Editor’s note: This is a followup to a breaking news story, originally reported on Friday, December 3.
Over a dozen students were injured when a bus transporting University of Massachusetts students on a ski trip overturned and slid into an embankment on Interstate 91 in Putney, Vt. just before 4 p.m. on Friday.
Emergency responders rushed to the scene, and according to the Boston Globe, 17 of the 45 passengers onboard were brought to local hospitals.
Initial allegations that the driver of the bus had suffered a heart attack at the wheel surfaced on Friday. The Globe reported on Nov. 4 that the driver was airlifted to Dartmouth-Hitchcock Medical Center in Lebanon, N.H. “in critical but stable condition.”
According to the Globe, the driver was released from the hospital on Saturday, but neither the driver nor his doctors could confirm the cause of his loss of consciousness.
All 17 of the students were treated and released from Brattleboro Memorial Hospital and Springfield (Vt.) Hospital on Friday by around 9 p.m.
According to Martin Greenberg, a student injured in the accident, eight students, including Greenberg, were treated at Brattleboro Memorial Hospital for “partial injuries,” and four other students were treated in the hospital’s Emergency Room for “critical injuries.”
The bus was one of eight heading to Quebec City, Canada, for a weekend ski trip and, according to UMass Media Relations, the students on board were members of the UMass Ski & Board Club and this was an annual event of the organization.
At the time of the accident, students on the other buses traveling to Quebec were left confused and skeptical of the conflicting news reports’ tallies of the injured. At around 5 p.m., The Brattelboro Reformer, among other news organizations, was reporting the accident left six students in critical condition and 40 injured.
“All we know is that the accident was caused by a heart attack the bus driver had,” said Chris Martin, a UMass student and Ski & Board club member on one of the other two buses which stopped in Northern Vermont on Friday. “We’ve just been hearing that all UMass students are alright, and the news is exaggerating [the injuries], but we don’t know for sure.”
Martin said he believed most of the students were being treated for minor concussions and everyone would be continuing on the trip.
However, the University sent travel buses to retrieve the students involved in the crash, while students on the other seven buses also traveling from Amherst to Quebec continued on the trip.
According to student Julie Jyringi, who was not on the bus which crashed Friday but knows many of the students who were, members of the Ski & Board club were told doctors believe the driver suffered a heart attack before the crash. In addition, Jyringi said by email late Sunday night that students on the bus returned to campus early Saturday morning and were told by Health Services staff that if they were experiencing further health problems, they would be sent to the hospital.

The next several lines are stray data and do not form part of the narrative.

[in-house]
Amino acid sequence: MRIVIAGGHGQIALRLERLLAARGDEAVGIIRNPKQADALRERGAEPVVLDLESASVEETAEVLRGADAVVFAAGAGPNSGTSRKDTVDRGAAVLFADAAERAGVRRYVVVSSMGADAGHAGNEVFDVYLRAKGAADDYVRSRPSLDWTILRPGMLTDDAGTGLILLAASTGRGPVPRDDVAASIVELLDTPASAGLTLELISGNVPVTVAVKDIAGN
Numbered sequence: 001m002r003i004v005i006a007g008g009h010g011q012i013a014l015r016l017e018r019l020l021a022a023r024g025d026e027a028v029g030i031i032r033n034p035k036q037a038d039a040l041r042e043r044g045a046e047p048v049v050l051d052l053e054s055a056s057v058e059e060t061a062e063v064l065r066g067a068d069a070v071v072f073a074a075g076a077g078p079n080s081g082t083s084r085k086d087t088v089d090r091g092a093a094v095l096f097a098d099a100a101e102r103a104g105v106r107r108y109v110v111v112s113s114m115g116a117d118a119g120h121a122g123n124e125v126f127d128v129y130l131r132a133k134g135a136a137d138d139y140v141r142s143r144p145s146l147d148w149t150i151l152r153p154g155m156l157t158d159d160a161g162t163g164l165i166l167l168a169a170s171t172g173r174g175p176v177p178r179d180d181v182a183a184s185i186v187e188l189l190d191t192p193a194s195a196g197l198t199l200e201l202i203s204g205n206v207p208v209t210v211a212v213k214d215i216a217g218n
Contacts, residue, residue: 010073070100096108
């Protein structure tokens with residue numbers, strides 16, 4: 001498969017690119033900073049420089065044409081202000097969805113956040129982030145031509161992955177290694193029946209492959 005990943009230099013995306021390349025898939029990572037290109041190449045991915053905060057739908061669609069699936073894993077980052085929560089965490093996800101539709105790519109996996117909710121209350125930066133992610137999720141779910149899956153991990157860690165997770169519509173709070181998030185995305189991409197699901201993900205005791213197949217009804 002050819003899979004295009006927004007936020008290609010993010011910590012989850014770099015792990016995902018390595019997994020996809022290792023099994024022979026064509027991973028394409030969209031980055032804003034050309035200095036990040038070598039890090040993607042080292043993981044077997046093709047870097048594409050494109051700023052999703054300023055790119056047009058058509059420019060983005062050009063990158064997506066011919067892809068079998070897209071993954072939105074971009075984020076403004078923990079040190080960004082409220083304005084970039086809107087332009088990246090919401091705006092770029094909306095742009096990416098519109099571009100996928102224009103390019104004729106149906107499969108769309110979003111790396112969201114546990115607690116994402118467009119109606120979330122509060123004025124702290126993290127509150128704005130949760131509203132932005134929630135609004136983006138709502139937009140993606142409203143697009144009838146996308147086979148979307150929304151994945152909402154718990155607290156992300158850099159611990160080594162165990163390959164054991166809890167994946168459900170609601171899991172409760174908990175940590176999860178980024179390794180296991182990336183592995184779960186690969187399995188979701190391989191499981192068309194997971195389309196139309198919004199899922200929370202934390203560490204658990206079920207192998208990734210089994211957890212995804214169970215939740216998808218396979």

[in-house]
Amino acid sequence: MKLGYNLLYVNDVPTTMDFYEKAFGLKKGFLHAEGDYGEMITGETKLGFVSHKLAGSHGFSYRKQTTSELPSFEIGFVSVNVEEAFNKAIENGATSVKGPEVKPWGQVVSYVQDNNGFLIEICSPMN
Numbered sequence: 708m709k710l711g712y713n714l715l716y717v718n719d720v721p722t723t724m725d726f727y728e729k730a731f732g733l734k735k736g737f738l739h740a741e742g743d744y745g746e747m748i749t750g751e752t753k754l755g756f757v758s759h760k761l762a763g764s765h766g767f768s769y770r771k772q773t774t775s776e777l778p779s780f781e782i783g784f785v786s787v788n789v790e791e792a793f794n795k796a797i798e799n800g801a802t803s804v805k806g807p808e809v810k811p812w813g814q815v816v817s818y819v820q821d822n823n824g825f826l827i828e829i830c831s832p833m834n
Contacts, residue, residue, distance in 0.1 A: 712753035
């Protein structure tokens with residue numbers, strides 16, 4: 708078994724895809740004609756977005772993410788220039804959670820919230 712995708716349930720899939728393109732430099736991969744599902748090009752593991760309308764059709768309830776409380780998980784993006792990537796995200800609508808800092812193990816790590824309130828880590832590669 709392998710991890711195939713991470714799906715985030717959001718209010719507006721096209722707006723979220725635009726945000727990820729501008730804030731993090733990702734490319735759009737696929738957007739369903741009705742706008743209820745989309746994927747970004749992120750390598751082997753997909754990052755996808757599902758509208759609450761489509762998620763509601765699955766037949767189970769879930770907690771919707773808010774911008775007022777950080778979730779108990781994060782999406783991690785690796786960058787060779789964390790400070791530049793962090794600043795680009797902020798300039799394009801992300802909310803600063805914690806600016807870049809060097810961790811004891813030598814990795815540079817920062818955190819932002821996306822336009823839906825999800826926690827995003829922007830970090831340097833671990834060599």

“[Injured students] were told, however, to go to Health Services if there was any issues,” she said. “When they went to Health Services, they told them that if there is anything wrong they are making them go to the hospital.”
Jyringi reported that students suffered “a lot of bumps and bruises and cuts,” and said members of the club have told her the driver could not have fallen asleep at the wheel “because the bus was just so loud.”
As for the mental state of the students on board, Jyringi said many were shaken up but recovering.
“Being around them, they are definitely still in shock,” she said. “After hanging out with them, they are definitely recovering and its going to take a while.”
Jyringi said many students on the bus described a liminal, dream-like feeling during and immediately after the crash.
“They commented on how they are happy to be with people who experienced what they experienced and also how they feel like it’s been forever since the accident,” she said. “They said how everything seems like it was just a dream; like it didn’t really happen and they are going to wake up soon.”
Students in Amherst preparing for finals were stunned by the news, and many spent much of the weekend trying to contact friends on the trip.
“It’s scary to see students put in danger,” said Billy Anderson, a senior psychology major.
“I’ve been searching on Google and looking at my friends on Facebook that I know ski and snowboard to see if they have any information on who is OK on the trip,” said resident assistant and psychology major Alexandra Booth on Friday. “I’m very worried about the students on board. I just hope that everyone is getting the medical attention they need.”
“I’m in shock. Those are the kinds of things you see on the news and you never think it’s going to hit close to home. It’s sad to hear that something like that happened to the university I attend,” said senior economics major Chris Venne on Friday. “I just hope everyone is alright.”
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